SACRAMENTO, Calif.—California Gov. Pete Wilson has signed an executive order and two state bills to help clean up California's estimated 15 million stockpiled waste tires. The executive order, which Wilson signed Oct. 7, releases $4 million in reserves from the state's scrap tire fund to allow the California Integrated Waste Management Board to intensify its scrap tire cleanup efforts.
The bills, signed the same day as the executive order, do the following:
extend the state's scrap tire abatement fee of 25 cents per new tire sold for 18 months, to Jan. 1, 2001; and
make it a crime to abandon waste tires while giving local governments authority to punish violators.
Without the freeing up of money from the tire fund or extension of the tire fee, the CIWMB was in danger of running out of money for its tire program, the board said in a press release.
The CIWMB hasn't been given a date as to when it actually will receive the $4 million.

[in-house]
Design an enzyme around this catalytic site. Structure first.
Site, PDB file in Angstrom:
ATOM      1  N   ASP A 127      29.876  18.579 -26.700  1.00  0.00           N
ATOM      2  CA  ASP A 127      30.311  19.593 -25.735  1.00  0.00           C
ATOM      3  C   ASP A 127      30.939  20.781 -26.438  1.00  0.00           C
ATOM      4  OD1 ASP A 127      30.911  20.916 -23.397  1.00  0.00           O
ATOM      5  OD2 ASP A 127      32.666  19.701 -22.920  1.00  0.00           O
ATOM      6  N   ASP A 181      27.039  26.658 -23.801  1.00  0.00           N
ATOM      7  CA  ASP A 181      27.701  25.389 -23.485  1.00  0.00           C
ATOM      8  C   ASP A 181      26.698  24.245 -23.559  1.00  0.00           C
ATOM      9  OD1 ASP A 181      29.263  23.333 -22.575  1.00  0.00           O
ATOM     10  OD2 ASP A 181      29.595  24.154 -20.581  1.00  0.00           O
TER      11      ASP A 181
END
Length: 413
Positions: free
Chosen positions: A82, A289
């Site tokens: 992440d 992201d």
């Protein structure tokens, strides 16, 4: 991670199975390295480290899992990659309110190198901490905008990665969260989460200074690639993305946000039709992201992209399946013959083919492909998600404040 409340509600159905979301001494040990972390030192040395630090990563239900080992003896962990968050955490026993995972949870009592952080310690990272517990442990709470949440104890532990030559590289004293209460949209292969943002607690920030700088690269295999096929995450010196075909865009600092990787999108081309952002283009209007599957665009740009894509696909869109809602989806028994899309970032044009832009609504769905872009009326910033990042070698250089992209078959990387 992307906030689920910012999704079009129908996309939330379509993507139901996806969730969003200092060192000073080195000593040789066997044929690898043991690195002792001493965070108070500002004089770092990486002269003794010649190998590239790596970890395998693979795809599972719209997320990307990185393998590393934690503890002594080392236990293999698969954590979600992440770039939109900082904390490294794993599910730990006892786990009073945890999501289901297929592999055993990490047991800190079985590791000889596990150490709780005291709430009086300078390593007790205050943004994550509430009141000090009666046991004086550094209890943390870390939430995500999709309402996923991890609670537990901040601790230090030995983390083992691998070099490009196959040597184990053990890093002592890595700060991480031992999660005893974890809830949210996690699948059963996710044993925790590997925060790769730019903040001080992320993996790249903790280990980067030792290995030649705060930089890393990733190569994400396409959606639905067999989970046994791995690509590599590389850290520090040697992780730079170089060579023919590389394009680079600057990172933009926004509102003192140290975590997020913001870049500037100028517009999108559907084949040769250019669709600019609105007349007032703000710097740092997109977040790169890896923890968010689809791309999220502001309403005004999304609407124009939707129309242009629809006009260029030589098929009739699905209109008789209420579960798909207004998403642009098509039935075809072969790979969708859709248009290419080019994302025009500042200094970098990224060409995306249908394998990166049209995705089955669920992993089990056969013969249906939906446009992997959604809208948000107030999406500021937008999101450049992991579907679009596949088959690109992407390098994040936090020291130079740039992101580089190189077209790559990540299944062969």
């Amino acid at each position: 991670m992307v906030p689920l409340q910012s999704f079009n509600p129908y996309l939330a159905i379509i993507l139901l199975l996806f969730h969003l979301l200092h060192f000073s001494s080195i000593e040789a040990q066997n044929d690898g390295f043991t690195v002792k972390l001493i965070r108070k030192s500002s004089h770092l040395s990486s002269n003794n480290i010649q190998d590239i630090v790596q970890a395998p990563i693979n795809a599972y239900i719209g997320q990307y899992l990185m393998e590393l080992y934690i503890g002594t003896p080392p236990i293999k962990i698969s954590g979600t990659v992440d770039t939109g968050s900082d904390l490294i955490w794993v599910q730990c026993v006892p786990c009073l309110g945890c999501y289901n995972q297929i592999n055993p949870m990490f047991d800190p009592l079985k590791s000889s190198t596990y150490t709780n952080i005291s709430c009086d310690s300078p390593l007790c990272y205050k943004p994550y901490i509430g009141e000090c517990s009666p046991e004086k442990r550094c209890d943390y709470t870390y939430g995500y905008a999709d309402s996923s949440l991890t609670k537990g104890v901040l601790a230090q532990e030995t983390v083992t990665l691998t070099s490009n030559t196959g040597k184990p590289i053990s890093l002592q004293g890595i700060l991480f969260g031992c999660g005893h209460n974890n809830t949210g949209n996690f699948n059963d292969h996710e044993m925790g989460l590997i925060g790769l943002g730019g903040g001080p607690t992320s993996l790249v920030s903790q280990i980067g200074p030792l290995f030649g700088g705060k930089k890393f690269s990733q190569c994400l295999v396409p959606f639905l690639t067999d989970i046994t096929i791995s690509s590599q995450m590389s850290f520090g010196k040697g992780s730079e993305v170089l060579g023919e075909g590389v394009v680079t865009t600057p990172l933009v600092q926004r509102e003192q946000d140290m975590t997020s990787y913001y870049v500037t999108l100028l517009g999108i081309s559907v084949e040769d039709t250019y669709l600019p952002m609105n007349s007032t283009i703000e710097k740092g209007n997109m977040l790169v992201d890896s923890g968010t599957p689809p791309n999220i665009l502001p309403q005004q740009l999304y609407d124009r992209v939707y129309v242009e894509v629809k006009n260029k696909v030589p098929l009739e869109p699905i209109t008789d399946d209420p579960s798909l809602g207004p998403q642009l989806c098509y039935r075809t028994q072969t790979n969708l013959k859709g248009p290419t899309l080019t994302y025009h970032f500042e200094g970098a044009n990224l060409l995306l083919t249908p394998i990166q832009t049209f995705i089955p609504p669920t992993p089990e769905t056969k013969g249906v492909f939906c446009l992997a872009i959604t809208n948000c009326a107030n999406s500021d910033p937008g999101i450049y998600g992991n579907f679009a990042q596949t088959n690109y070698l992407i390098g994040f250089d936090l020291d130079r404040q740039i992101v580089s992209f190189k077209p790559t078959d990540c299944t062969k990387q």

``But freeing up the money from the fund is a major step forward,'' said a spokesman for the board contacted at his office in Sacramento.
Since its inception during the 1990-1991 fiscal year, the 25-cent tire fee has brought about $5 million annually to the CIWMB, for a total of about $34.1 million through fiscal year 1997-1998, the spokesman said.
Under the tire abandonment bill, city or county agencies may keep fines collected from violators if an attorney representing them initiates the charges. But those fines must be used for tire enforcement and cleanup programs.
In a prepared statement, CIWMB Chairman Daniel G. Pennington praised Wilson's actions as exemplifying ``strong environmental awareness and concern.''
The CIWMB release mentioned the Royster Tire Pile near Tracy, Calif., where an estimated 7 million tires burned in a fire last August, as demonstrating the need for further funding to clean up scrap tires. It did not mention revoking Oxford Tire Recycling of Northern California Inc.'s scrap tire operating permit. The board has not dismissed tires-to-energy electrical facilities as a productive use of scrap tires, according to the CIWMB spokesman. Cement kilns, asphalt rubber and playground matting are other avenues the state is pursuing, he said.